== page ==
There is a simplified method of administering rabies vaccines that is economical and just as effective at stimulating anti-rabies antibodies as the more expensive, standard vaccine regimen, according to an article published on April 23, 2008 in the open access journal PLoS Neglected Tropical Diseases.
Deaths from rabies in humans are all the result of failure to administer adequate prophylaxis. After being bitten by a rabid animal, it is essential that the wound be cleaned immediately, and that rabies vaccines and injections of anti-rabies antibody be administered to effectively block fatal infections.
Current vaccines have been approved by the World Heath Organization and administered intramuscularly, but are prohibitively expensive, making them difficult to obtain in developing countries. However, anti-rabies immunoglobulin is difficult to obtain in developing countries, so prevention depends on effective vaccine treatment for people who are bitten. For instance, in Africa, the average cost of an intramuscular course of vaccine is $39.60 USD, which is the equivalent of 50 days’ wages in that area.
The are two more economical vaccine regimens, which involve the injection of small amounts of the vaccine intradermally at two or eight sites on the first day of the course. In the eight shot method, a larger dose is used, thus requiring only one initial day of shots; with the two shot method, two administration days are necessary. Subsequent booster shots, available in several locations, complete the vaccination. While these methods are economically more viable in these regions, various practical or perceived difficulties have prevented the methods from being adopted widely.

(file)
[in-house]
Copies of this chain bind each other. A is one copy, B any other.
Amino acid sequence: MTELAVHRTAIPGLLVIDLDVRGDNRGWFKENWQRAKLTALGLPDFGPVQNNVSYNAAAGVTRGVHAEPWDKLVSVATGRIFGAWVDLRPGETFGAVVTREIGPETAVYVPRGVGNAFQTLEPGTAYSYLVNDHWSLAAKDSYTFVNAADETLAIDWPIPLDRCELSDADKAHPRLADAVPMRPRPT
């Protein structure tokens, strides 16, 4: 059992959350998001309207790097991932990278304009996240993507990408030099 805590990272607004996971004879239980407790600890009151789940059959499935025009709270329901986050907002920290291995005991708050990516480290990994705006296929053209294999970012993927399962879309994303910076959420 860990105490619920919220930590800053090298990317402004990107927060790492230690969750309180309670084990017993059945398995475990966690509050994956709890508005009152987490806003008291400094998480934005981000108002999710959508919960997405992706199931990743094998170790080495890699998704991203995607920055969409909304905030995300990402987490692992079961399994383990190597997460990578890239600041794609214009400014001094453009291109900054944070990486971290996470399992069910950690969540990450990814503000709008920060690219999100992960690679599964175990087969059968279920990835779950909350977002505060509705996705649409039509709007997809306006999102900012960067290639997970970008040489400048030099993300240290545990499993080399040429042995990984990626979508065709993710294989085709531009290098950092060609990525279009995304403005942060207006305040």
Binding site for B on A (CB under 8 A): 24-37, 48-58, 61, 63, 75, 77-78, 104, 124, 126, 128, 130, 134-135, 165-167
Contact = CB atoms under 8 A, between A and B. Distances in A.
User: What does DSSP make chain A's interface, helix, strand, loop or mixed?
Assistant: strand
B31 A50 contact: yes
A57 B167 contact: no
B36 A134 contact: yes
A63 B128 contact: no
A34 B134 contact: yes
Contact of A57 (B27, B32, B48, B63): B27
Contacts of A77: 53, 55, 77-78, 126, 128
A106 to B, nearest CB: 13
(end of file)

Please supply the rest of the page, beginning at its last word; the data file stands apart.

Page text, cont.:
A slightly simplified version of these more economical methods was tested by Dr Mary Warrell (Centre for Clinical Vaccinology and Tropical Medicine, University of Oxford, United Kingdom) and colleagues, in which four injection sites are used on the first day of injection. To test it, they conducted the trial with a vaccine that is already in common use, and vaccinated healthy volunteers to compare antibody levels induced by the new method with those induced by each of the old two site and four site intradermal regimens, as well as the “gold standard” intramuscular regimen that is accepted internationally. They found that each of the more economical methods was just as effective as the intramuscular method at stimulating anti-rabies antibodies.
The authors claim that the simplified method has advantages over all three of the others, as it requires fewer clinic visits, is more practicable, more acceptable, and has a wider margin of safety even in inexperienced hands. Therefore, they say, it would be “suitable for use anywhere in the world where there are financial constraints, and especially where two or more patients are likely to be treated on the same day.” They conclude that the results provide sufficient evidence that their simplified four-site regimen meets all criteria necessary for clinical recommendation wherever the cost of the vaccine may be prohibitive.
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A Simplified 4-Site Economical Intradermal Post-Exposure Rabies Vaccine Regimen: A Randomised Controlled Comparison with Standard Methods.
Warrell MJ, Riddell A, Yu L-M, Phipps J, Diggle L, et al. (2008)
PLoS Negl Trop Dis 2(4): e224.
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Written by Anna Sophia McKenney